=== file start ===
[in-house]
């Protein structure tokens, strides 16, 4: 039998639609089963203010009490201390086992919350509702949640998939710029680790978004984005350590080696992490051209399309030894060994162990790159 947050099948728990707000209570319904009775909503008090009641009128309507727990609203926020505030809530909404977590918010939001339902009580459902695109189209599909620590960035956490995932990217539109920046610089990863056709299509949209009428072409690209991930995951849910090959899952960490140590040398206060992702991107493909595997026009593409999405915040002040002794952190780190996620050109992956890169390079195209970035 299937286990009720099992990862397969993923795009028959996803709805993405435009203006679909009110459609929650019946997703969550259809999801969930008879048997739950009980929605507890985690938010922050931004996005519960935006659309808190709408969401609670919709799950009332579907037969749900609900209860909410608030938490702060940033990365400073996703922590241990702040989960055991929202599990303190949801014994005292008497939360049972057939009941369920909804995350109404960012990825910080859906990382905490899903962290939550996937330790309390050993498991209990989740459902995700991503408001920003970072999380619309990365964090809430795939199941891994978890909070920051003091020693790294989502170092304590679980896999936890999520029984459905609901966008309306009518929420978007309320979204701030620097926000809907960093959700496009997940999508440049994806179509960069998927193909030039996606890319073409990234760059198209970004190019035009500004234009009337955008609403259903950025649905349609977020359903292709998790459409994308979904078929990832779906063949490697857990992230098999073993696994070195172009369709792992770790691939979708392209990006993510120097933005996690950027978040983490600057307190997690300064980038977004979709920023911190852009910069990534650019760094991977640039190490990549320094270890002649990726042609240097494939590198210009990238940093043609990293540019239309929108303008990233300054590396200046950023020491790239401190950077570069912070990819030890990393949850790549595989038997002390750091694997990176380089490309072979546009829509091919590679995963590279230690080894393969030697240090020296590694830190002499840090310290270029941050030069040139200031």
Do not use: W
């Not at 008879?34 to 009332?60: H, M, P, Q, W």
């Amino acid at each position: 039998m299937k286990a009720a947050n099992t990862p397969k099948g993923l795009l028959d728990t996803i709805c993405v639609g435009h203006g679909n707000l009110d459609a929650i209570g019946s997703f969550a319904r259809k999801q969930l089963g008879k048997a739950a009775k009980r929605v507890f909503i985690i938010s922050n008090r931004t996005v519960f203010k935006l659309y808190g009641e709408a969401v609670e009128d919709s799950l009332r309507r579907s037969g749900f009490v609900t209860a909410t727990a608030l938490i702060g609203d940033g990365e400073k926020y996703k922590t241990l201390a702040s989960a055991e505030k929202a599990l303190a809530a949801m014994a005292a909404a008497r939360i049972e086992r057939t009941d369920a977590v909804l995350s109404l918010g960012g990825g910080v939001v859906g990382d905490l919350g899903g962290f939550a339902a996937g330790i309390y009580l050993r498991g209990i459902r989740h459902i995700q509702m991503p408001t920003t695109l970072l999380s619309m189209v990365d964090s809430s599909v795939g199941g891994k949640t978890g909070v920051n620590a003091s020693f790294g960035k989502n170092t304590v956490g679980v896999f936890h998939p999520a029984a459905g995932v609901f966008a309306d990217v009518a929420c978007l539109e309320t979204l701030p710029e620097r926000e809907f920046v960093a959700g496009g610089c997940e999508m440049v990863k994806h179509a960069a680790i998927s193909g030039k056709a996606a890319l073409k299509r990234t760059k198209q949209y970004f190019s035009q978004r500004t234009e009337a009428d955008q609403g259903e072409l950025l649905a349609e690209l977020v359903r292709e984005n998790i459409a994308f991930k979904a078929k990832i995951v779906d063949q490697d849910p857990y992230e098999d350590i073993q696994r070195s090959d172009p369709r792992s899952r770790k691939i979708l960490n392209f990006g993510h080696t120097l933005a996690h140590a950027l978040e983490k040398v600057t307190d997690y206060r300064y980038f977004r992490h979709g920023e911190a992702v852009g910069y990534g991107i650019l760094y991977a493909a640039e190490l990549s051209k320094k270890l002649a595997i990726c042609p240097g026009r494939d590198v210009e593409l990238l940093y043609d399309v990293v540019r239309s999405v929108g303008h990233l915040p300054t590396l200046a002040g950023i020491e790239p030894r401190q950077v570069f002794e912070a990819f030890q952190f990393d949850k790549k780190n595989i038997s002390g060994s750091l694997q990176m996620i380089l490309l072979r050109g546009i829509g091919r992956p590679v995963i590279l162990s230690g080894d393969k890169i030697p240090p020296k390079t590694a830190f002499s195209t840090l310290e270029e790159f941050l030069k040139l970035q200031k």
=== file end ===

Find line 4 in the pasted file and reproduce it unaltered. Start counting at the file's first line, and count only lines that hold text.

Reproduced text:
């Not at 008879?34 to 009332?60: H, M, P, Q, W």